Danish Prime Minister Lars Lokke Rasmussen has urged his Turkish Prime Minister Binali Yıldırım to delay a planned trip to Denmark.
The Prime Minister’s office says in a written press statement that the suggestion comes in light of Turkish tensions with the Netherlands. “With the current Turkish attacks on Holland the meeting can not be seen separated from that. I have therefore proposed to my Turkish colleague that the meeting will be postponed,” Rasmussen said in a press release.
On Saturday evening, Dutch police has detained Turkish Minister of Family and Social Policy Fatma Betül Sayan Kaya to deport her to Germany after declaring her “undesirable alien.” Minister Kaya decided to go to Rotterdam by car despite the fact that the Netherlands on Saturday canceled the flight clearance for Turkish Foreign Minister Mevlüt Çavuşoğlu’s aircraft to land in Holland.
police has also blocked Dutch missions in Turkey citing security reasons. Turkish police closed the gates of the Dutch Consulate General in İstanbul and the embassy in Ankara, not allowing anyone to enter or exit the buildings. The move came after Dutch police blocked the street on which the Turkish Consulate in Rotterdam is situated and refused to allow Minister Kaya into the building.
After the Netherlands’s decision to cancel the flight clearance for Turkish FM Çavuşoğlu’s aircraft to land in Holland, Ankara asked that Dutch Ambassador Cornelis Van Rij not return to Turkey for a while, the state-run TRTHaber reported on Saturday. Earlier on Saturday, the Netherlands’ chargé d’affaires in Ankara was summoned to Turkish Foreign Ministry.
Turkey’s autocratic President Recep Tayyip Erdoğan has also threatened to refuse Dutch aircraft the right to land in Turkey. “Don’t allow our foreign minister’s plane to go there as much as you want — let’s see how your planes will come to Turkey from now on. I am talking about diplomacy here, I am not talking about citizens’ travel. That is another issue, and we will assess that later on,” Erdoğan said during a speech in İstanbul’s Bağcılar district.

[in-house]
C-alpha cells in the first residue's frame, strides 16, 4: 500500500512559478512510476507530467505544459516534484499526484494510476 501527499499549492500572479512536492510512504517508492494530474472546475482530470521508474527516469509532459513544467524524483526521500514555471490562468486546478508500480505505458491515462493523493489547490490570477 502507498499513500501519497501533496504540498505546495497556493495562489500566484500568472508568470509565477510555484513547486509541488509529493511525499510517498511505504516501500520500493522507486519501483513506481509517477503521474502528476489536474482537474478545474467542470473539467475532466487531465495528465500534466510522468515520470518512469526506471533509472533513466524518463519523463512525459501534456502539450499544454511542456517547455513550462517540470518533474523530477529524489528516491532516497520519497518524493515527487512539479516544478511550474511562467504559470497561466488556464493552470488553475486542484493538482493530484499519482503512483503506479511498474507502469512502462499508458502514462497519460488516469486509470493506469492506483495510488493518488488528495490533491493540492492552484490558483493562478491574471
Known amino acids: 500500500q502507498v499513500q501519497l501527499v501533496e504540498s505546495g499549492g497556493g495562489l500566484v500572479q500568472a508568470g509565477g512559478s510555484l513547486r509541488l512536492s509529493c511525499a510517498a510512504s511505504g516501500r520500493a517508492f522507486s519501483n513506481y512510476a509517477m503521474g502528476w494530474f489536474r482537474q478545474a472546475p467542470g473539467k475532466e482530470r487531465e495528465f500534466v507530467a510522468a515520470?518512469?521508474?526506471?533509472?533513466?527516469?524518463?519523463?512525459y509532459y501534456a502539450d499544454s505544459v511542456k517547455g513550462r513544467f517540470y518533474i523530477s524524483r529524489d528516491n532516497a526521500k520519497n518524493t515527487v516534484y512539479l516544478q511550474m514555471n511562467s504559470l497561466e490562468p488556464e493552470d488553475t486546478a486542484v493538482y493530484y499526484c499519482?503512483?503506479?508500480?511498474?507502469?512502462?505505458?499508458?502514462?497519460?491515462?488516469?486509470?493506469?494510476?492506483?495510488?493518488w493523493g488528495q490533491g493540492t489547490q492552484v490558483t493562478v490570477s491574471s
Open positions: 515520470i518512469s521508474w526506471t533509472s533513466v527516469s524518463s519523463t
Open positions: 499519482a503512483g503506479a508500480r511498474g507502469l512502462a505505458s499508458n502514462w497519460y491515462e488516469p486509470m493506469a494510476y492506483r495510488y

Meanwhile, a political campaign meeting of ruling Justice and Development Party (AKP) deputy chairman Mehdi Eker, who is responsible for external relations of the party, was also moved to a different location in Stockholm, Sweden after the venue owner cancelled the lease contract on Saturday.
Turkey’s relations with Germany, Austria and the Netherlands have been strained over these countries’ refusal to allow Turkish government officials to hold rallies there ahead of a public referendum in Turkey in April.
Turkey will hold a referendum on April 16 on a constitutional reform package which will introduce an executive presidency in the country if approved. Germany, Austria and the Netherlands have canceled scheduled events to be attended by Turkish ministers in their own countries usually out of security concerns.
A large number of Turkish citizens or people of Turkish origin live in these countries, and Turkish citizens living abroad have the right to vote in elections and referenda.
Turkish government, which has pressed ahead with many controversial and anti-democratic decrees that have the force of the law and are not required to be approved by Parliament, aims to gain support of Turkish citizens living in Europe who are eligible for voting in Turkey’s elections. In line with these decrees, over 135,000 people have been purged from state bodies on coup charges.
Also, as of March 1, 93,248 people were being held without charge, with an additional 46,274 in pre-trial detention. A total of 7,316 academics were dismissed, and 4,070 judges and prosecutors were purged over alleged coup involvement or terrorist links.
Moreover, according to a recent report released by Stockholm Center for Freedom, 200 journalists are imprisoned in Turkey as well as thousands of judges, prosecutors, academics, diplomats and even a comedian over charges of terrorist links.
March 12, 2017